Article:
I’ve had this exact same discussion on the topic of writing and the impact that the internet has had on “good” writing. Many people are of the opinion that people are “getting dumber” or that our literature is “in decline,” when the reality is there is simply more of everything. There are more people taking pictures, writing, making movies, and creating than ever before. The fact that a phone can take a picture today that looks better than pictures looked thirty years ago is just a testament to the progressive iteration that takes place in technology. Nobody ever hung a photographer because he or she didn’t know how to build a camera.
What we’re getting at is that the creation of anything is getting easier, and more people are doing it than ever before. That, ladies and gentlemen, is a wonderful, beautiful thing. People get their ideas out there. I’d like to say that all those ideas are gems of knowledge and insight, but not all of them are, and that’s OK. What we have is a much larger body of knowledge to draw from, and the tools we’re using to pull data are evolving rapidly. Sure, the “overall” quality of the work is declining, but that’s only because there’s so much more out there. That says nothing about the unrelenting and constant creation of high-quality stuff. If more people have access to good technology, then more good stuff gets out into the world. That’s where tech is supposed to fit in, it’s supposed to remove barriers to that sort of engagement with the world that usually only comes with, again, those highly developed, highly specialized skill sets.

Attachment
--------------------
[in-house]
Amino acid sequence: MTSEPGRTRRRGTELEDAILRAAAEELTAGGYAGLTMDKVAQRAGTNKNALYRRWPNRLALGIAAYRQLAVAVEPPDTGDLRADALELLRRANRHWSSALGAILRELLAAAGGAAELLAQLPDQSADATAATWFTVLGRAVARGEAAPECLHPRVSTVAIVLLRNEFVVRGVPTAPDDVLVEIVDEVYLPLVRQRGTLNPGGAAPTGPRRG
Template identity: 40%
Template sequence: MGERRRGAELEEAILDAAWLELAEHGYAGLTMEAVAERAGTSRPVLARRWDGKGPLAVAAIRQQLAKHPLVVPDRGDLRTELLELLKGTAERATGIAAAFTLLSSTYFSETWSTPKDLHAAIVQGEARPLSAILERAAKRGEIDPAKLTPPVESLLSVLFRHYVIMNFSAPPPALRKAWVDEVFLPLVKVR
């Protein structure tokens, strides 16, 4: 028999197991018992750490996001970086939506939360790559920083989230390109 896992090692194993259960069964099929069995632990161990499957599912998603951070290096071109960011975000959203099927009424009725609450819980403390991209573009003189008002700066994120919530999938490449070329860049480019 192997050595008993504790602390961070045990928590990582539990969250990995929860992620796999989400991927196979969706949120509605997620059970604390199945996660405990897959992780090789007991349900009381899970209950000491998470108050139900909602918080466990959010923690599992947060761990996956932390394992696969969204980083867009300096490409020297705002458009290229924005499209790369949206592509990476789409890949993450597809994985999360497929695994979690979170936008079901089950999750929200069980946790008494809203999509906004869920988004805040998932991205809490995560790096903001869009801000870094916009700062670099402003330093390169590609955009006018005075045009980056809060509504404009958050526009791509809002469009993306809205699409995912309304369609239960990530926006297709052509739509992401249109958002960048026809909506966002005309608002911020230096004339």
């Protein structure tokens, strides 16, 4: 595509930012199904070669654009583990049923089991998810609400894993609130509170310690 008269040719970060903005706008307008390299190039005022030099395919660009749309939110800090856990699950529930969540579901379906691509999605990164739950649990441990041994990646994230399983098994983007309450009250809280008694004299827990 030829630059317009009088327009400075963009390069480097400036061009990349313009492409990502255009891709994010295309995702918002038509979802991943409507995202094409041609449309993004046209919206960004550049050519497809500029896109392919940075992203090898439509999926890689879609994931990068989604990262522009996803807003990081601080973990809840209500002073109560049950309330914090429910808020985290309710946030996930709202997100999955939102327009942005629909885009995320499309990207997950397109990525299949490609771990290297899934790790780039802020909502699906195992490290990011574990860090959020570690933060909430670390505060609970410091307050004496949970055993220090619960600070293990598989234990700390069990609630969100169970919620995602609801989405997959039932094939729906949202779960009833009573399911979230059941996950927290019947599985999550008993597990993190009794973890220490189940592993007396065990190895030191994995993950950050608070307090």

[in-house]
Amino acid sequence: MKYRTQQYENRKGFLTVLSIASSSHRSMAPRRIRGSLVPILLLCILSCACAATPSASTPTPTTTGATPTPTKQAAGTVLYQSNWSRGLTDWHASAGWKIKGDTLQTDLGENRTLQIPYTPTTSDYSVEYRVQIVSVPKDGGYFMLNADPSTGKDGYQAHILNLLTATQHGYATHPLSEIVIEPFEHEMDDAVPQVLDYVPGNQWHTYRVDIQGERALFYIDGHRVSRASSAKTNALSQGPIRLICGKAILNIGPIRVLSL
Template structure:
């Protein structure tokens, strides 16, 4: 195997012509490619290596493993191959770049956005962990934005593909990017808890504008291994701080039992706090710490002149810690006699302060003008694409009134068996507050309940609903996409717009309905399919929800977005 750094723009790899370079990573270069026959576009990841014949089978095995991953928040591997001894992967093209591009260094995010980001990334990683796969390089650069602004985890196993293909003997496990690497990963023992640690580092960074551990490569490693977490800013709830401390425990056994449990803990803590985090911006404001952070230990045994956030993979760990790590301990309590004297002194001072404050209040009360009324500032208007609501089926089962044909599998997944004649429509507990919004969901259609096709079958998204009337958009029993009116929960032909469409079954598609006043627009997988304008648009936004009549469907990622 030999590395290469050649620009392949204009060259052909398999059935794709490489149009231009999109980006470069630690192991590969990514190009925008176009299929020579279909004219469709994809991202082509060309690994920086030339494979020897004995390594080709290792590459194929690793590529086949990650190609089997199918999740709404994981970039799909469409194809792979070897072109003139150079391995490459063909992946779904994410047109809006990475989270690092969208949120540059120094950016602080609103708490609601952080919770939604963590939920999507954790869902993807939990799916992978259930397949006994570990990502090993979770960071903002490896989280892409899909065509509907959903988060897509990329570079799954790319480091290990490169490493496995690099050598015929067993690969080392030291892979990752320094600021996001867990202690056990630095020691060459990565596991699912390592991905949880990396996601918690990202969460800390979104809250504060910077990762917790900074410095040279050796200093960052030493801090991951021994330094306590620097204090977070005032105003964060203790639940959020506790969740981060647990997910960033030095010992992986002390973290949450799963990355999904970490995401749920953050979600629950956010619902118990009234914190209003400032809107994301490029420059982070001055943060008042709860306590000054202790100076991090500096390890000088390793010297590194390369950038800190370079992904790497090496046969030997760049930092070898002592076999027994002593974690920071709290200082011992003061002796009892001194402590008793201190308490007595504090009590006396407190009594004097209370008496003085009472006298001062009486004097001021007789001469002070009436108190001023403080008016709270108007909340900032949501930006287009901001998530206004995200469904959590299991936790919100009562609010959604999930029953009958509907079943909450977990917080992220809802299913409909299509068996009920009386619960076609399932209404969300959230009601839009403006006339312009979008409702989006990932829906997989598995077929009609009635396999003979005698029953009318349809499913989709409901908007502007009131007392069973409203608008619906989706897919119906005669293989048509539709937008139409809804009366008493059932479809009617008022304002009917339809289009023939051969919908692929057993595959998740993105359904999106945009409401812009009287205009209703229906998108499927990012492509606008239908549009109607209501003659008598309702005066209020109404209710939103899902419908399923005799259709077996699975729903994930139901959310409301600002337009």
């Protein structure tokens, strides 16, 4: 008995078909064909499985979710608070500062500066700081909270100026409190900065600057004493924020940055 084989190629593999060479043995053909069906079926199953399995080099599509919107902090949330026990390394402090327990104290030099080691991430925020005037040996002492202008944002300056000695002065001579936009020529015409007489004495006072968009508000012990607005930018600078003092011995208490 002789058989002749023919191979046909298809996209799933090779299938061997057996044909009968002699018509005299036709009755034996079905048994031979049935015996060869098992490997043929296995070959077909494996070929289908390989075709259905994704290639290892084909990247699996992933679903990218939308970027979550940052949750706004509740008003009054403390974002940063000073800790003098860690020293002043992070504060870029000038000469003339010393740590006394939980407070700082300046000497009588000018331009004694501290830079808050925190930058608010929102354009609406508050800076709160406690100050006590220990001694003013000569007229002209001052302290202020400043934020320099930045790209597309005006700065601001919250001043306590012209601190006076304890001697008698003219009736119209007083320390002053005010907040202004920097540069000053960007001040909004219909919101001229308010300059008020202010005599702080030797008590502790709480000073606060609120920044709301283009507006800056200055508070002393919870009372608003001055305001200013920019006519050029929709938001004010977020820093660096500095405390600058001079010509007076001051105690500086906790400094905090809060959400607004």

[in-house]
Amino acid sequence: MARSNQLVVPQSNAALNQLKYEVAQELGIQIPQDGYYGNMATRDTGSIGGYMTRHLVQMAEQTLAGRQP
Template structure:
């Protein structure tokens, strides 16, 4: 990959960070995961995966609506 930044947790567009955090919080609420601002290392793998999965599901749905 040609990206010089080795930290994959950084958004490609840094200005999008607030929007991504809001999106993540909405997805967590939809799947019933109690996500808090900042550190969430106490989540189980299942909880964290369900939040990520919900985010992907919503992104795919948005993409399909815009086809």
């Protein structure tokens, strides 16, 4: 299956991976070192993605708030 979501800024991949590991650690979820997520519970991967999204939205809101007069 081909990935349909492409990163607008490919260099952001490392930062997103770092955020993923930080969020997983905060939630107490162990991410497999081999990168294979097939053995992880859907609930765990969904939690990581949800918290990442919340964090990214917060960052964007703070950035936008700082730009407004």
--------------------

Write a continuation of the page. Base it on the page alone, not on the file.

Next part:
So, when I see something that says “OH NO HE USED HIPSTAMATIC” I usually put the earmuffs on. There’s simply no place for that anymore. If people say that the photography isn’t real because the app adds things to the frame that weren’t there, then you’re going to have to chase after all the filters, all the lensbabies, all the grease-smeared lenses that are out there. Those aren’t “real” in the same way that the virtual lenses in Hipstamatic aren’t real. Or are they? In the first scenario, someone is taking a physical object and changing the light before it hits the film; in the latter, a person is applying a modification to the image after it has already been taken, but the end result is basically the same.